I’ve doubled check the connections…
You have drawn the symbol in a way that does not correspond to the physical layout of the package pins. That’s OK, in general, but if you look at the symbols on Page 21 of the data sheet that you referenced, and if you read (really read) the explanations there, the functionality is easier to understand. (It’s also easier to keep track of the connections if you are wiring by hand.)
Pin numbers go down from 1 through 10 on one side of the package and from 11 through 20 up the other side of the package, and the pins on the package are conveniently arranged for “flow-through” PC layout.
Anyhow, no matter how you draw the symbol…
Pin 1 on the low-voltage side corresponds to pin 20 on the high-voltage side
Other signal pins correspond as follows:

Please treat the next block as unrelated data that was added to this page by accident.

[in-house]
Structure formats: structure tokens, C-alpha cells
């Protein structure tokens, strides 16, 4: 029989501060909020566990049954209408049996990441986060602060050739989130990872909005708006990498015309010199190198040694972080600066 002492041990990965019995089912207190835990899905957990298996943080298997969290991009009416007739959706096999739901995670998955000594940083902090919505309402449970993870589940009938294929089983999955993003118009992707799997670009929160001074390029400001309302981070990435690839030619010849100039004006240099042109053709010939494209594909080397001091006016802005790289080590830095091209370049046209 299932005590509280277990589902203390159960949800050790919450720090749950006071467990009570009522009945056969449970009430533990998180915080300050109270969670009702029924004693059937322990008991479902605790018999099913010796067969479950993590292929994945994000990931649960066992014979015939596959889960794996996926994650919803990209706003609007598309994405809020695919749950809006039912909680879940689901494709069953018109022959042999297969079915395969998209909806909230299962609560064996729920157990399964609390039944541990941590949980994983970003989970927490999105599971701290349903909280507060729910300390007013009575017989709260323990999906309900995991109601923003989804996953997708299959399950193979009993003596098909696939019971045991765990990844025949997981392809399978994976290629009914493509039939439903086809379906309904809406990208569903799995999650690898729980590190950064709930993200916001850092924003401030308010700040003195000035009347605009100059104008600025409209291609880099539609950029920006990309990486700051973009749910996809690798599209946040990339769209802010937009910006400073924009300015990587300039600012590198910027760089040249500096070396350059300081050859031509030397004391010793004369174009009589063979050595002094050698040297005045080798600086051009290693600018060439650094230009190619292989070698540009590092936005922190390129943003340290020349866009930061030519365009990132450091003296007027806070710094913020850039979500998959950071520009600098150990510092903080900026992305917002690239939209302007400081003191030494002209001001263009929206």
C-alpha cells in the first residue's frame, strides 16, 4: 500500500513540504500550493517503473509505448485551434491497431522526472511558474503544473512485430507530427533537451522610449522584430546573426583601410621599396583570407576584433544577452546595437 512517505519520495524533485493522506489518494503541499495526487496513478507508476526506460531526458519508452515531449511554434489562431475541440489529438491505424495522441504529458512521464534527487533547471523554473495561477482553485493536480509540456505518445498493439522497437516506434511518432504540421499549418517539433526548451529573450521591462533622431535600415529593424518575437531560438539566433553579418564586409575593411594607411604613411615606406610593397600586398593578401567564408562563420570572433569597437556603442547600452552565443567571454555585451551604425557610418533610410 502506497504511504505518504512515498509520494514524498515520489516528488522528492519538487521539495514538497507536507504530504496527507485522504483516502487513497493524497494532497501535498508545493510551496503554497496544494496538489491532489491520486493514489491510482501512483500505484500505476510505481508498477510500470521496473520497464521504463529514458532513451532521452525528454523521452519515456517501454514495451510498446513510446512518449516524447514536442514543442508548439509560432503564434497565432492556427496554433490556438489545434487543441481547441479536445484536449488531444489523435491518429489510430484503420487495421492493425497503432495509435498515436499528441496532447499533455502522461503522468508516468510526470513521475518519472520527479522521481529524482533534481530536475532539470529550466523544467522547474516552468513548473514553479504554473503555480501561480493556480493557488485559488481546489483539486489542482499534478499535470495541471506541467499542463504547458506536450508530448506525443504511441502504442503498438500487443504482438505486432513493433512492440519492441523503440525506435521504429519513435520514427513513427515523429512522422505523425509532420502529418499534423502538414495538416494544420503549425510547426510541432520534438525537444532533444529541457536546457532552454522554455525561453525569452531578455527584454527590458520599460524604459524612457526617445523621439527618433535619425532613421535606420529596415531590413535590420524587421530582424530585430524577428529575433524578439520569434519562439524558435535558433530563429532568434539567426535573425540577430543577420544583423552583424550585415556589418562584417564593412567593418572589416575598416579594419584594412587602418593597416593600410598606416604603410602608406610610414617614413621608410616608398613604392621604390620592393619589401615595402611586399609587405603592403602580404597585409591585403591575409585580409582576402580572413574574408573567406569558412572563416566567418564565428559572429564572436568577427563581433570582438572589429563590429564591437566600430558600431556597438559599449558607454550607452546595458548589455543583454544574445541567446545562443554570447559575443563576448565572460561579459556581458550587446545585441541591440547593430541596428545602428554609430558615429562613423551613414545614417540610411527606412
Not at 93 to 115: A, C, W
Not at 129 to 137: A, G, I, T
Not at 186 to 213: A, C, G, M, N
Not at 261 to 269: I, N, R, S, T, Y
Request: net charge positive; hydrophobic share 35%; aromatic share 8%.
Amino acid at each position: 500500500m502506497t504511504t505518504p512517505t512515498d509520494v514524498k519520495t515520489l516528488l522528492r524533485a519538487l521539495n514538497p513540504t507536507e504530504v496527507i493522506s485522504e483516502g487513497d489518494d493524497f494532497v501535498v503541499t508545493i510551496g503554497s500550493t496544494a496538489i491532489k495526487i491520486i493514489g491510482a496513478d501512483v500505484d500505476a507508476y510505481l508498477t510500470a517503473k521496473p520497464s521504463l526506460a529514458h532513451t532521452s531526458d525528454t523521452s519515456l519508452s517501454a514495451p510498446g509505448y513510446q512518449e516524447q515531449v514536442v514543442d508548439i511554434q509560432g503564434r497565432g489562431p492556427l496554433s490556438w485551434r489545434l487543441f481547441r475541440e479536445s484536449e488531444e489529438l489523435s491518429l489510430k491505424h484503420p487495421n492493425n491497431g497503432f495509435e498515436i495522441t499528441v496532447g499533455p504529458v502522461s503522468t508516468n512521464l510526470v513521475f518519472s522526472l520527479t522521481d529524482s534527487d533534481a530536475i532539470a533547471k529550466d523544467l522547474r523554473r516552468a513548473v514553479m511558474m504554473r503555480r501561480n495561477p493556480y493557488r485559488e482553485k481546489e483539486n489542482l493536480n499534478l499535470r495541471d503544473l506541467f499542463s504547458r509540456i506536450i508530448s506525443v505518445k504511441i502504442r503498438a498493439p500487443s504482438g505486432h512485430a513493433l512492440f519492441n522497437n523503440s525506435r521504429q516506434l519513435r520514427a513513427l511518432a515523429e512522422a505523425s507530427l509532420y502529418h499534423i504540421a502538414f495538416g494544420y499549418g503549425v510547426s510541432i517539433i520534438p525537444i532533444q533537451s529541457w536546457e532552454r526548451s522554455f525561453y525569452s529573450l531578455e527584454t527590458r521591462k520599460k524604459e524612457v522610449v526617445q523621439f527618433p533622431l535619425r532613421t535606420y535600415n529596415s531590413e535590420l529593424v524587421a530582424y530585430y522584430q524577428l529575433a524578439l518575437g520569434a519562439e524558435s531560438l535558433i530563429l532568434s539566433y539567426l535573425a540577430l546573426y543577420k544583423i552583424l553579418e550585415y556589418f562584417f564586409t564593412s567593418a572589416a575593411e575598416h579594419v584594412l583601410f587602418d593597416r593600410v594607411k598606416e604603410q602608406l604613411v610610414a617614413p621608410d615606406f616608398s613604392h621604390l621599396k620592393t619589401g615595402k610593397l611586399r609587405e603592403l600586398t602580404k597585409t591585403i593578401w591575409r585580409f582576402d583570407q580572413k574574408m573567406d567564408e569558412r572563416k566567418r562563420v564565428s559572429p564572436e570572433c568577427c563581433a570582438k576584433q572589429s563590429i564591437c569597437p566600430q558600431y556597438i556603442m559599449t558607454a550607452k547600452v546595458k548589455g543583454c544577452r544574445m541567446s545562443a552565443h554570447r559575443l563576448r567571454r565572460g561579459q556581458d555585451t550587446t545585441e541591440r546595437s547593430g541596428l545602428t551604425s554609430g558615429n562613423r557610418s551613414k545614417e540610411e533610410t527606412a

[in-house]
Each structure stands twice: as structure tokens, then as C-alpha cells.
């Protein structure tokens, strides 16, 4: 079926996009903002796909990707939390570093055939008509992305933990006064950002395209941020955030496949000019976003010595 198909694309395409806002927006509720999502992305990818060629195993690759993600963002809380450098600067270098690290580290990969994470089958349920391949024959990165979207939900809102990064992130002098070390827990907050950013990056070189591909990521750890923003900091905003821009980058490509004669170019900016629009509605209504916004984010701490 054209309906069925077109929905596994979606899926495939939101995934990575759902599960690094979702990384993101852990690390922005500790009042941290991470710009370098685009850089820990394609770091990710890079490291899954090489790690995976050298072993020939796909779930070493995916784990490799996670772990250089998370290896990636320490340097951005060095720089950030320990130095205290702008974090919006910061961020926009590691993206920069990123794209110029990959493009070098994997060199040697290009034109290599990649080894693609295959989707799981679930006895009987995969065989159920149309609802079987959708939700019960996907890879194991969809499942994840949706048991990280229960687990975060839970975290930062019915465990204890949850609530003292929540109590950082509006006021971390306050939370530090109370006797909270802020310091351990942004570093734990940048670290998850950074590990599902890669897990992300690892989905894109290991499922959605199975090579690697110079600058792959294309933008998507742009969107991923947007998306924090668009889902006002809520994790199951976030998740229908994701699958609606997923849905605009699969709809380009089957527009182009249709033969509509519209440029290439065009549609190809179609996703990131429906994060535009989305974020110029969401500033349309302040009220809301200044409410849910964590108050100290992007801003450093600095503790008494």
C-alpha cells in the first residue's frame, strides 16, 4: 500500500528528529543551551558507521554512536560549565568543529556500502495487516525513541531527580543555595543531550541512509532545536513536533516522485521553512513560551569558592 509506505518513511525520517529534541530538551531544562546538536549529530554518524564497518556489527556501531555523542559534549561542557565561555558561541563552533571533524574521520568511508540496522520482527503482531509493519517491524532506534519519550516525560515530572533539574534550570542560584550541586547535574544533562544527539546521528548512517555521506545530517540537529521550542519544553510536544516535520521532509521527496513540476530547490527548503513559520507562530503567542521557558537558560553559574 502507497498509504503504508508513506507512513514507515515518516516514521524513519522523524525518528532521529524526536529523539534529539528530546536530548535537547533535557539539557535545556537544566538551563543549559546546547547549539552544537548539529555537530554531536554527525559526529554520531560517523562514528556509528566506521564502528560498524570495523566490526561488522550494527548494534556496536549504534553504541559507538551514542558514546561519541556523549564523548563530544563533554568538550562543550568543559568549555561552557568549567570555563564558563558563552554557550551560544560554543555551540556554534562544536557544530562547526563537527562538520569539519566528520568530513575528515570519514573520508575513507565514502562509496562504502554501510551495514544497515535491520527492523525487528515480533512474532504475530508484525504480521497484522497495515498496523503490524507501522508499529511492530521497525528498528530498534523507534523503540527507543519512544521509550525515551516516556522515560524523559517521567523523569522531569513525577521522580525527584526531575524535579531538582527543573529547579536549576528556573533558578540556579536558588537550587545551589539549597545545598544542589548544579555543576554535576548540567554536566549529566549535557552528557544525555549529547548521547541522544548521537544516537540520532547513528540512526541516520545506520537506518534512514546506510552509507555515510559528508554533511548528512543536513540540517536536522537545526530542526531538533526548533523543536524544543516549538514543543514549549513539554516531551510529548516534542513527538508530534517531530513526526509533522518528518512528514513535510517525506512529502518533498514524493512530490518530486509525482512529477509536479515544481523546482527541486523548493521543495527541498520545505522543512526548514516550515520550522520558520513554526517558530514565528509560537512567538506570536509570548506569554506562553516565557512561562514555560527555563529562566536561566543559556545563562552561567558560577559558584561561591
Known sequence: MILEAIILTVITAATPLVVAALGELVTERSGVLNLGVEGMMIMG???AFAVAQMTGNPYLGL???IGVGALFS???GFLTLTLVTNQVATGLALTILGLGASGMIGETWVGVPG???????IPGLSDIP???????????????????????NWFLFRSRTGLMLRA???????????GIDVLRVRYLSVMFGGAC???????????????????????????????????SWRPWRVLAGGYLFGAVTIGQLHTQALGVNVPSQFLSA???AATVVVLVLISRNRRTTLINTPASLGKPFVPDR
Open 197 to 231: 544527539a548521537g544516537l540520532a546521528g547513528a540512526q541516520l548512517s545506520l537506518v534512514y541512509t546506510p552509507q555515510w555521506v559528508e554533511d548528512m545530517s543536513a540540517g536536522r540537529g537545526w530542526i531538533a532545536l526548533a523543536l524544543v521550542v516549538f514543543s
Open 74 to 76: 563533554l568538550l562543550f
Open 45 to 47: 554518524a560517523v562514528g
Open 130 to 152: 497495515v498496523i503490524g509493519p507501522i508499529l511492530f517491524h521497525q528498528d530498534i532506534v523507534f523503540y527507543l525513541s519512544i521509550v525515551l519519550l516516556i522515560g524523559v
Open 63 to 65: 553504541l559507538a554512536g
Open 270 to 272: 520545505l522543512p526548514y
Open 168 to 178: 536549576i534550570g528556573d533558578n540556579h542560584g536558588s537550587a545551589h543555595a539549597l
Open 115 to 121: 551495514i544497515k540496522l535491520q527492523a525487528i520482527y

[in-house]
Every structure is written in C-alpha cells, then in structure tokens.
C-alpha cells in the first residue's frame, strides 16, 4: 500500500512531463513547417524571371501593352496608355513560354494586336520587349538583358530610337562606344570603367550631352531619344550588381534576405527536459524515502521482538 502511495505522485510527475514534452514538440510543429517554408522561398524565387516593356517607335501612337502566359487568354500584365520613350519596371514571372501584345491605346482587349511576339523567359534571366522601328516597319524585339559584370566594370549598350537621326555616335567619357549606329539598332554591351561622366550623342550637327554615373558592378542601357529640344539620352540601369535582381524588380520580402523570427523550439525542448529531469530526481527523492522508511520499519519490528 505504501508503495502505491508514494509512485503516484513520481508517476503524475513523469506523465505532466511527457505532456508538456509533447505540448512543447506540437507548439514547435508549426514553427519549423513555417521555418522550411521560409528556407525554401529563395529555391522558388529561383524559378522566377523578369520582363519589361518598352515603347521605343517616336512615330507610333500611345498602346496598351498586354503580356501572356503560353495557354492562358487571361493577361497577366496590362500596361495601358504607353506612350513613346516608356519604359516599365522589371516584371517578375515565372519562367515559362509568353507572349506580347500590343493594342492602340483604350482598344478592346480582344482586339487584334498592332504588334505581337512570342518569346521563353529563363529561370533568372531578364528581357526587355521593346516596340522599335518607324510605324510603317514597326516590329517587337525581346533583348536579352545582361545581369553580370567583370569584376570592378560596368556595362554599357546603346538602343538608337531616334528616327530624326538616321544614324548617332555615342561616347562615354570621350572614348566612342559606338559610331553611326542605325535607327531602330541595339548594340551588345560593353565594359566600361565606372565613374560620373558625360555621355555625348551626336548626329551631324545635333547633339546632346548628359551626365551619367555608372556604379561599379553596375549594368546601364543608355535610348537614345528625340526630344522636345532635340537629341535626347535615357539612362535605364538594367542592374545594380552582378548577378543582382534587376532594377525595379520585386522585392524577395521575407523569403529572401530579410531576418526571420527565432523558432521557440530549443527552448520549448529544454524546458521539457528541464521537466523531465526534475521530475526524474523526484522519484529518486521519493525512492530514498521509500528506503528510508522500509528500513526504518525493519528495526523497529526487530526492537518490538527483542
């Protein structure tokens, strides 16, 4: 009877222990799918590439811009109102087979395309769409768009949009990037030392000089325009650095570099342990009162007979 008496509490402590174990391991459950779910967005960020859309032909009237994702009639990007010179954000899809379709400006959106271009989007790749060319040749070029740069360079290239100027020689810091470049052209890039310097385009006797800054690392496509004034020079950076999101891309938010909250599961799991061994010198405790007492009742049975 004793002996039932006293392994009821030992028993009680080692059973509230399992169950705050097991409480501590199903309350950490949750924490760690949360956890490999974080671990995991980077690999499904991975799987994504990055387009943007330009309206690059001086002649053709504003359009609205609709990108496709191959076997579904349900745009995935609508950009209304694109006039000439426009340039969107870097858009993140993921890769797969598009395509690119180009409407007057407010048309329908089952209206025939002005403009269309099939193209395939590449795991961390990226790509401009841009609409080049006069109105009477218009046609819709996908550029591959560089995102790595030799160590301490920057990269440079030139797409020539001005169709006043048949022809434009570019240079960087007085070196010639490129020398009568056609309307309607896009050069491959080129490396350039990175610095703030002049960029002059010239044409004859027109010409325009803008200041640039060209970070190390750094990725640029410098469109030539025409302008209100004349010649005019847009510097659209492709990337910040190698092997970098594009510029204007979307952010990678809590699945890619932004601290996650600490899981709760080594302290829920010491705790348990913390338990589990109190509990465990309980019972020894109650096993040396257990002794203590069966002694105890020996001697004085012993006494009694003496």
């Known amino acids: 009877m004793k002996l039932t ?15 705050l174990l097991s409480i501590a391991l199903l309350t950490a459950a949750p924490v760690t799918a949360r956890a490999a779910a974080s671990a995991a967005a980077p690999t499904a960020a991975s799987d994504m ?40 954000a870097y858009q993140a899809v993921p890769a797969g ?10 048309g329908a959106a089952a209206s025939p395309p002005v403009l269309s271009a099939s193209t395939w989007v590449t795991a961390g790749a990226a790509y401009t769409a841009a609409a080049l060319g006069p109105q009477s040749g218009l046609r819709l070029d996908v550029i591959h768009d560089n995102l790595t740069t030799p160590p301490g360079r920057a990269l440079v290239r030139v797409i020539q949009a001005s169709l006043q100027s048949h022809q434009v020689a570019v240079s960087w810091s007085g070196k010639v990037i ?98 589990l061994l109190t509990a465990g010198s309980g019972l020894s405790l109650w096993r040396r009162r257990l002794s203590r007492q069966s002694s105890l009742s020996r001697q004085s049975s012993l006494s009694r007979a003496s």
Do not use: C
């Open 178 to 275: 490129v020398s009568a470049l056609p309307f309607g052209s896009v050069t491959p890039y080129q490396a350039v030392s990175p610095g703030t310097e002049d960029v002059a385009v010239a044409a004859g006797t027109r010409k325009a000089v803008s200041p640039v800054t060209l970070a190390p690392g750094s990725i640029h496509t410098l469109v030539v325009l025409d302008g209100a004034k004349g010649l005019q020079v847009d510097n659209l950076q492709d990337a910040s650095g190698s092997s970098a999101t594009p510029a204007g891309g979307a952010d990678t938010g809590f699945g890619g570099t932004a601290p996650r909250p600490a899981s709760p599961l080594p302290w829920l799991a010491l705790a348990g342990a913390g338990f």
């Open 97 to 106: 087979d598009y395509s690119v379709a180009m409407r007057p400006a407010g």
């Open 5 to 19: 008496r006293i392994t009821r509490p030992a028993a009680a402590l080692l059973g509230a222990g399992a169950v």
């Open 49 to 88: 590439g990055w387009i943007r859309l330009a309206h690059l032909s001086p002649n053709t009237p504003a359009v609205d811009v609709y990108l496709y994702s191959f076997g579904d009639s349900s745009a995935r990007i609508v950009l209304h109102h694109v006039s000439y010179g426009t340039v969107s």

3 <–> 18
4 <–> 17
If Pin 20 is the “SS” signal from the CPU, then Pin 1 should be connected to “CS” on the SD
If Pin 18 is " MOSI" from, the CPU, then Pin 3 should be connected to “DI” on the SD.
The 3.3V DO from the SD can be connected directly to the MISO pin on the Arduino as you show, but, since you have a level shifter, why not send that signal through it as well? With a direct connection, if you accidentally enable a pull-up on the Arduino MISO, or if the pin, somehow gets configured as an output for some sketch that is not using the SD, it could apply 5 Volts to the SD pin (possibly damaging the SD). The level shifter can make sure that no more than 3.3 Volts is ever applied to the SD. Just a thought.